Review: Green Hornet #8
Here we take a step back from the main story for something a little softer in tone. The story of how the Green Hornet built his most loyal army. Of course we have to remember that heroes such as Green Hornet are able to accomplish so much because they are able to pull in resources from all over, or as he calls them his soldiers. I like stories like this because they add that extra layer of depth and understanding to the overall plot which has it’s own influence over how we look at it from that point. This is the type of grounded storytelling that Mark Waid excels at.
Through this story you do get an idea of how big of a deal Green Hornet is. Anyone can put on a fake mask and costume to easily fool others into doing whatever they say. Those familiar with Green Hornet are aware that he’s an intimidating figure that isn’t like other heroes. He acts as a villain to get enough of a reputation to do whatever he wants without much problems from those who oppose him. Now put someone who comes off as pretty much a douche and stick him with a bunch of thieving kids and they’ll do anything he says out of fear for the stories they hear about him. It’s a well constructed tale by Waid that shows him as somewhat of a legend in his own right that he can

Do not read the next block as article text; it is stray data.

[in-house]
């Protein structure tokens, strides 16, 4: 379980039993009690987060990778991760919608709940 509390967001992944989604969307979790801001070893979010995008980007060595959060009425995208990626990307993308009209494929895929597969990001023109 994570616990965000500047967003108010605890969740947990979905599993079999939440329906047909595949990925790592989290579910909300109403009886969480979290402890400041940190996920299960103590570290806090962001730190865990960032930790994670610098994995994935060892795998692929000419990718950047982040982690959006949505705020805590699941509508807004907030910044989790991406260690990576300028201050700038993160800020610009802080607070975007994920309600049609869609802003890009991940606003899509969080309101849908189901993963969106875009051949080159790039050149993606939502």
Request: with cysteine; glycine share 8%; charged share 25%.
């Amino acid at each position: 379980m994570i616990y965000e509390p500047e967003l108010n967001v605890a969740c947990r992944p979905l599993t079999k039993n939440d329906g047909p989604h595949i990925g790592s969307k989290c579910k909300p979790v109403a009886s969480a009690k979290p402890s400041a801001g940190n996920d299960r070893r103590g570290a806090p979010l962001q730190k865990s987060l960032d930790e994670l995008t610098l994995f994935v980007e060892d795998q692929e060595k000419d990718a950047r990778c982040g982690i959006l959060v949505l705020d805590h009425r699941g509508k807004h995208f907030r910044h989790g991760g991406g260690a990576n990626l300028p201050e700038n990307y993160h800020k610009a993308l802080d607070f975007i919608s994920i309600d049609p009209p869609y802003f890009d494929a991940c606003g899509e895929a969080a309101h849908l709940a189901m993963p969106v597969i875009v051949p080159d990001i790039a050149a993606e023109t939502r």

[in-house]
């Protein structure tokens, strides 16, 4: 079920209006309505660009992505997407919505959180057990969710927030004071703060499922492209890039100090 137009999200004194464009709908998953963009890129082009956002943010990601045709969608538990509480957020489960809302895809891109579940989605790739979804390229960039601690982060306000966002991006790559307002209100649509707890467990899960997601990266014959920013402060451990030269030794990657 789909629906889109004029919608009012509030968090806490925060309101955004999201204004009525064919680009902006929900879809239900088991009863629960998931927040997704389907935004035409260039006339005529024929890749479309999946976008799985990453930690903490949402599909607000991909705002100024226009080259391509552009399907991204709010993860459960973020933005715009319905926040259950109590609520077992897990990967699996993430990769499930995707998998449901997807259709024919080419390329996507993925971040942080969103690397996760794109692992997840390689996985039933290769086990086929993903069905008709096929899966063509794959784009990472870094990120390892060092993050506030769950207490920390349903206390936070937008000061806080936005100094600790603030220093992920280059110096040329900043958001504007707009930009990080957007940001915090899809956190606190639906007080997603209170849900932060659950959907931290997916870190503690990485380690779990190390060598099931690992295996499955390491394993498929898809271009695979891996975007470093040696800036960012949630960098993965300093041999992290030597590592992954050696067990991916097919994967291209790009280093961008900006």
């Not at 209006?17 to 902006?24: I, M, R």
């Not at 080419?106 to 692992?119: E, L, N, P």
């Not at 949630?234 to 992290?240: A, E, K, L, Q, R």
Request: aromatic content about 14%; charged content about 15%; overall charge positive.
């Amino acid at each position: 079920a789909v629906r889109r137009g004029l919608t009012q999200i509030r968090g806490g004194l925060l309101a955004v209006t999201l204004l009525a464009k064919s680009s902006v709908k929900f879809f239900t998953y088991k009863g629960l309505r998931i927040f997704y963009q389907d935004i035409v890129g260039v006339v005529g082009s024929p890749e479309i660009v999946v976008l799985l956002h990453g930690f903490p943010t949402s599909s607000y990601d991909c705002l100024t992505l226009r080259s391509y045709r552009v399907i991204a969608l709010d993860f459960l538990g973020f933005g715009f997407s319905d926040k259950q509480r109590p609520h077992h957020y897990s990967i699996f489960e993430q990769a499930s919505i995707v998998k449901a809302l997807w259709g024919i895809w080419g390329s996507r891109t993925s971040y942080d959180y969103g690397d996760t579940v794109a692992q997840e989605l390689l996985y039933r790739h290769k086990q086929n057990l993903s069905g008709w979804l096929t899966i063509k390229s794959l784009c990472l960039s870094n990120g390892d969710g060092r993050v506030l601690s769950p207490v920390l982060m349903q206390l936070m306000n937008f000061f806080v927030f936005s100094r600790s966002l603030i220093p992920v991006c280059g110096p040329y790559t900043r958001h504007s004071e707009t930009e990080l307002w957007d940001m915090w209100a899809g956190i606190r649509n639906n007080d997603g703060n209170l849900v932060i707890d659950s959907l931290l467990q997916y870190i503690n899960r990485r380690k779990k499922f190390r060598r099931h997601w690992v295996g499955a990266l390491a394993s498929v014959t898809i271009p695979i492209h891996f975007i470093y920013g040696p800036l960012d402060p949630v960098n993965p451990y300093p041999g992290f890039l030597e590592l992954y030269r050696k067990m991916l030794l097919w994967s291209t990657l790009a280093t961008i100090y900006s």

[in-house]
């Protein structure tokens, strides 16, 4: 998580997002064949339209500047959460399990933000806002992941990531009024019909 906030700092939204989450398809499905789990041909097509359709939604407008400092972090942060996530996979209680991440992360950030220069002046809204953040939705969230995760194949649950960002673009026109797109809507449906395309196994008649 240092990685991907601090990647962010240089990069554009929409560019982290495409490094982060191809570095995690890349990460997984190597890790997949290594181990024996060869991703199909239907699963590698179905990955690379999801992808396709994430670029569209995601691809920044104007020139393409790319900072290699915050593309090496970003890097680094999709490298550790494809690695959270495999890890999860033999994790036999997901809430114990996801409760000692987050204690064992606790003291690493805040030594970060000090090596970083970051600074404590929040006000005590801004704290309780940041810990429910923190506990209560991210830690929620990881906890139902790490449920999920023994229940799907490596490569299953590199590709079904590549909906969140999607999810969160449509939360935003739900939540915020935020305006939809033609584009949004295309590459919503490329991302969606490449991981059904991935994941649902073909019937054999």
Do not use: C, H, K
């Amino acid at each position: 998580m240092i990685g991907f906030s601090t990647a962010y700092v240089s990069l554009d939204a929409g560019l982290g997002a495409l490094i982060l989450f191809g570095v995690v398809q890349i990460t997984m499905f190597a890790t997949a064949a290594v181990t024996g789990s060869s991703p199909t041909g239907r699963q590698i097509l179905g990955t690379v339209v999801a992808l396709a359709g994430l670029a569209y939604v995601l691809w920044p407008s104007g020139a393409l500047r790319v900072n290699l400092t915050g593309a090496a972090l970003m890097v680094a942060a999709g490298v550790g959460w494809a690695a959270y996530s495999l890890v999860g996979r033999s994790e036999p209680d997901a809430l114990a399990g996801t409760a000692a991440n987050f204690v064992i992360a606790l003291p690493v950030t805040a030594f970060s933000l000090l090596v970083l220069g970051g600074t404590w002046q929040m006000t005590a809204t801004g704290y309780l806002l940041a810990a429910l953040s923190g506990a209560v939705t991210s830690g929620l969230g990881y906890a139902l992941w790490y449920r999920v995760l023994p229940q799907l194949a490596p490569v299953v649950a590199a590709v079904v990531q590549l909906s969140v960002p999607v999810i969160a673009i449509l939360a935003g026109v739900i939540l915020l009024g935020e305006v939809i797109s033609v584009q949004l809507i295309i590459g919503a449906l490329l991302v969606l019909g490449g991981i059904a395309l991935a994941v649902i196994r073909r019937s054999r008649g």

There’s a great use of shadows and inks from Ronilson Freire in this issue. It brings out the harsh tones in which you get the idea of how these kids lived in fear due to this fake guy that wants to take advantage of them. Aside from this the detail put into the clothing really stands out as something he handles very well. Seeing every wrinkle and fold that makes these characters look more three dimensional. There is a good amount of detail in the environment as well.
This issue is a solid distraction from the events unfolding in the main progression. If you want to just keep your attention on that then maybe you might skip this issue, but if not you’re in for something a bit more light-hearted than you’re used to. This is good in a sense that Green Hornet comes off as more of a hero in this story rather than playing the role of something that he’s really not. Again Mark Waid excels at these kind of grounded stories and it shows as you have a bit more of an understanding of how Green Hornet operates through his networks. It’s worth a read in the end.